Recently, American bicyclist Lance Armstrong won the Tour de France bicycle race for seventh consecutive year. It was an unprecedented string of victories in the grueling, three-week, 2,200-mile race. In its early stages, the Tour takes a route known as the "hell of the North." It's been an inspiration for one photographer, who came to appreciate the cyclists through his love for the region. |
"I used bicycles to take photos of the north," said photographer Xavier Lambours. "Instead of shooting a lovely area as an example of what the north is like, I waited for the cyclists to go by. This gives a certain feeling to the photos. There are bicycles in almost all of my photos."
Xavier Lambours is having a ball on the main country road, where the cyclists are about to appear. There's an interesting choice of faces.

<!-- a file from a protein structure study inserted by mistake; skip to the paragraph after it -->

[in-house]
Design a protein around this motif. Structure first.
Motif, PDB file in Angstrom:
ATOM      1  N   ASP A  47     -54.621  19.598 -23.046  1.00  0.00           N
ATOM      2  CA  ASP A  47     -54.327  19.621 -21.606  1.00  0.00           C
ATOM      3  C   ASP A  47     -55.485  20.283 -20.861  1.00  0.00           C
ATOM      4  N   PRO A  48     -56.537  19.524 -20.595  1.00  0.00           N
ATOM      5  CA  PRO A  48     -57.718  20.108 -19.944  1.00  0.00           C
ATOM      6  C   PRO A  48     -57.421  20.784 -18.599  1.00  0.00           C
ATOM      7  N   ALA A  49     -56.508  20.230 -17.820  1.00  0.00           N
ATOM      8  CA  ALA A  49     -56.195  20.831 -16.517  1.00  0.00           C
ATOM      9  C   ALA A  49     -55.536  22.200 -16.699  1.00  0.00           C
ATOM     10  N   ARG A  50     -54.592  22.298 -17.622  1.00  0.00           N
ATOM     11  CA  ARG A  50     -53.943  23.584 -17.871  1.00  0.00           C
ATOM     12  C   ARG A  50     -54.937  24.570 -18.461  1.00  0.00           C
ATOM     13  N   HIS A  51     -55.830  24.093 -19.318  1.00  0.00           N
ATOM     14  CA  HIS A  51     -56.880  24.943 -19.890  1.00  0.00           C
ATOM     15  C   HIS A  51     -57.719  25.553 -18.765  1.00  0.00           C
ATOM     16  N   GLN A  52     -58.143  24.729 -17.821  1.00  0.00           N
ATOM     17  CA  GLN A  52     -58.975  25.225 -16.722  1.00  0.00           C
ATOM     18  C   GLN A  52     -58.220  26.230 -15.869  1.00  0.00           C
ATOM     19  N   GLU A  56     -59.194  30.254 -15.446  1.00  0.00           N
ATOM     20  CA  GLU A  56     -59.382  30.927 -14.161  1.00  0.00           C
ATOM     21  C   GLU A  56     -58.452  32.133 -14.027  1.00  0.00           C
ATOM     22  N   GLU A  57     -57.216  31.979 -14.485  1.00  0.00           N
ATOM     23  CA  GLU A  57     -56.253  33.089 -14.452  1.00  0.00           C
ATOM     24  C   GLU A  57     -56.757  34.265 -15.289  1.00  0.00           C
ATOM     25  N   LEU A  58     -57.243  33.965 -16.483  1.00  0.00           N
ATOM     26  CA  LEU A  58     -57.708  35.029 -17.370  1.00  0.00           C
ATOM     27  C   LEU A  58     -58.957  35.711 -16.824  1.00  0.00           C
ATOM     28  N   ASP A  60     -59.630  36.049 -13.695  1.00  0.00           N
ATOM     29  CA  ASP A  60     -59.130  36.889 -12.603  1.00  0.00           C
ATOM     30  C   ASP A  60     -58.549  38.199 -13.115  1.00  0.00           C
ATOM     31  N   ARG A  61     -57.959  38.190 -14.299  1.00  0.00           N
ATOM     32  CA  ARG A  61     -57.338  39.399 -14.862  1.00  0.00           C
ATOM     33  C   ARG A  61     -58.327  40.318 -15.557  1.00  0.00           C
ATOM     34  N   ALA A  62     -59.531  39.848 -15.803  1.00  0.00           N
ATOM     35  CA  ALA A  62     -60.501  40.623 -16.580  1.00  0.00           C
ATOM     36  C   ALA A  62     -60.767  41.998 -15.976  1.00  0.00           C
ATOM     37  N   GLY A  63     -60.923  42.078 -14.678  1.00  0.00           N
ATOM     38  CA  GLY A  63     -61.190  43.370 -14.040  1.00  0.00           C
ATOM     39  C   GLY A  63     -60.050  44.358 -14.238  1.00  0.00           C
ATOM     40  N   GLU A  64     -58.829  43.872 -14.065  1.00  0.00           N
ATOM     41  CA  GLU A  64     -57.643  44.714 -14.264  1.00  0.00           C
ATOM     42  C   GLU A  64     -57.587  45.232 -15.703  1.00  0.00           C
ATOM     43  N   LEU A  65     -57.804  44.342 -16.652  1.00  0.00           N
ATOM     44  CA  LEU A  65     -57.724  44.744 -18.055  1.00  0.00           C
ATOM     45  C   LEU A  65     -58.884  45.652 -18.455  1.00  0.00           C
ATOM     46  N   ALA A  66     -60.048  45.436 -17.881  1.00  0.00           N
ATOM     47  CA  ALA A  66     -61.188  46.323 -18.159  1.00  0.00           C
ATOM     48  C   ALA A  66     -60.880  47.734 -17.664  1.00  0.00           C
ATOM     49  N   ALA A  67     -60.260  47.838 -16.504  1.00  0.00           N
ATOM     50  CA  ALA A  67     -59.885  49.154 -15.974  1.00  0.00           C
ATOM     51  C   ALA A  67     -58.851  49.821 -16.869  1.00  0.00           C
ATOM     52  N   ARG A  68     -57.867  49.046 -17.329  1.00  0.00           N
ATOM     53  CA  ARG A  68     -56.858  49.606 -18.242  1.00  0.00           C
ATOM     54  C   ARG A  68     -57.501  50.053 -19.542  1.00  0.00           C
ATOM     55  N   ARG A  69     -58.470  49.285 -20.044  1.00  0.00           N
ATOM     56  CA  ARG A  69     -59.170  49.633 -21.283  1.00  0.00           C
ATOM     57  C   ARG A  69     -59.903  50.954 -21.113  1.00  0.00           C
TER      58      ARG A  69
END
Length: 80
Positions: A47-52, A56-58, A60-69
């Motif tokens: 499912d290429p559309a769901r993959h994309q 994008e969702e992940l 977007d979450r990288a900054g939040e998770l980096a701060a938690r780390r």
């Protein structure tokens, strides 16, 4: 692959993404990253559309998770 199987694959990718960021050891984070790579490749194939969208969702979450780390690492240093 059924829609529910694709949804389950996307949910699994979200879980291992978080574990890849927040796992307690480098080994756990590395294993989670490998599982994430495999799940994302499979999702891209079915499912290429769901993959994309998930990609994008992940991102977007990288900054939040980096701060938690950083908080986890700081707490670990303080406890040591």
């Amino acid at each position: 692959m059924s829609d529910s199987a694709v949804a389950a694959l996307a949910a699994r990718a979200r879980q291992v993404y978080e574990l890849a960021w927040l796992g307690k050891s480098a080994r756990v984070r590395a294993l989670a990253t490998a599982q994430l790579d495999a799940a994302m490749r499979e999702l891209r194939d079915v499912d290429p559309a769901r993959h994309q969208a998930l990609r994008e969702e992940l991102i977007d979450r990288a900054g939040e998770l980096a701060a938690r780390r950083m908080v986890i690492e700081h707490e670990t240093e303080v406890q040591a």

"I take photos as if I were choosing a cast for a film," he said. "I want to see real faces when I go to the movies. I'm not interested in people I can see through. I look for special faces which I find remarkable."
Xavier worked with Jacques Bonafet to select pictures for their book - Cycling Life. It shows the passions cyclists have for their sport.
Xavier says his craft allows him to capture 'in the moment' photos.
"I didn't know the cycling world well. I took photos of people I was attracted to," he said. "Among those people were certain professionals, who are well known. But I didn't know who they were. I simply liked their faces, so I took their photos. And it was the same for the amateurs."
The strength and the suffering can be seen in the photos of riders after a race.
"I took pictures in the showers after the Paris-Roubaix race. You can see the pain in their faces. The guys were there, but not there in a way. They posed for the photos, but their minds were far away," he said.
Pedaling a bicycle can be a tough business. The race may be over, but the photographer remains on the job.